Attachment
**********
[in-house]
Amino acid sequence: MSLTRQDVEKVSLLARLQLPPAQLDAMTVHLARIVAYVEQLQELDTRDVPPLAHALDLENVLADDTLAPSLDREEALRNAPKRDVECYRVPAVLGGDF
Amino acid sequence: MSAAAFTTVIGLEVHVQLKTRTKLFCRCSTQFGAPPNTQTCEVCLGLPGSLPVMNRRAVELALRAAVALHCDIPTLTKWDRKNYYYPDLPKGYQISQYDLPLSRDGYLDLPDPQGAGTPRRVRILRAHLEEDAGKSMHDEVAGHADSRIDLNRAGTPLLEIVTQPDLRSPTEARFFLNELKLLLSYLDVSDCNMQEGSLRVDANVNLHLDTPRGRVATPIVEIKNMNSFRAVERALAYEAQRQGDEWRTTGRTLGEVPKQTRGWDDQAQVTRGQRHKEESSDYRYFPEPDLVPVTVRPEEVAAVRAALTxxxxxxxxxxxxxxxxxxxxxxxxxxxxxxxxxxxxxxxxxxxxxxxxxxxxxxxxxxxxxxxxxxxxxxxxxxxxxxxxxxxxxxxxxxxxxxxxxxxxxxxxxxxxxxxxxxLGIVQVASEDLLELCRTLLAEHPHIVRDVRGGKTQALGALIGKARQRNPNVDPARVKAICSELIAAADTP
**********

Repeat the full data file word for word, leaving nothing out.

[in-house]
Amino acid sequence: MSLTRQDVEKVSLLARLQLPPAQLDAMTVHLARIVAYVEQLQELDTRDVPPLAHALDLENVLADDTLAPSLDREEALRNAPKRDVECYRVPAVLGGDF
Amino acid sequence: MSAAAFTTVIGLEVHVQLKTRTKLFCRCSTQFGAPPNTQTCEVCLGLPGSLPVMNRRAVELALRAAVALHCDIPTLTKWDRKNYYYPDLPKGYQISQYDLPLSRDGYLDLPDPQGAGTPRRVRILRAHLEEDAGKSMHDEVAGHADSRIDLNRAGTPLLEIVTQPDLRSPTEARFFLNELKLLLSYLDVSDCNMQEGSLRVDANVNLHLDTPRGRVATPIVEIKNMNSFRAVERALAYEAQRQGDEWRTTGRTLGEVPKQTRGWDDQAQVTRGQRHKEESSDYRYFPEPDLVPVTVRPEEVAAVRAALTxxxxxxxxxxxxxxxxxxxxxxxxxxxxxxxxxxxxxxxxxxxxxxxxxxxxxxxxxxxxxxxxxxxxxxxxxxxxxxxxxxxxxxxxxxxxxxxxxxxxxxxxxxxxxxxxxxLGIVQVASEDLLELCRTLLAEHPHIVRDVRGGKTQALGALIGKARQRNPNVDPARVKAICSELIAAADTP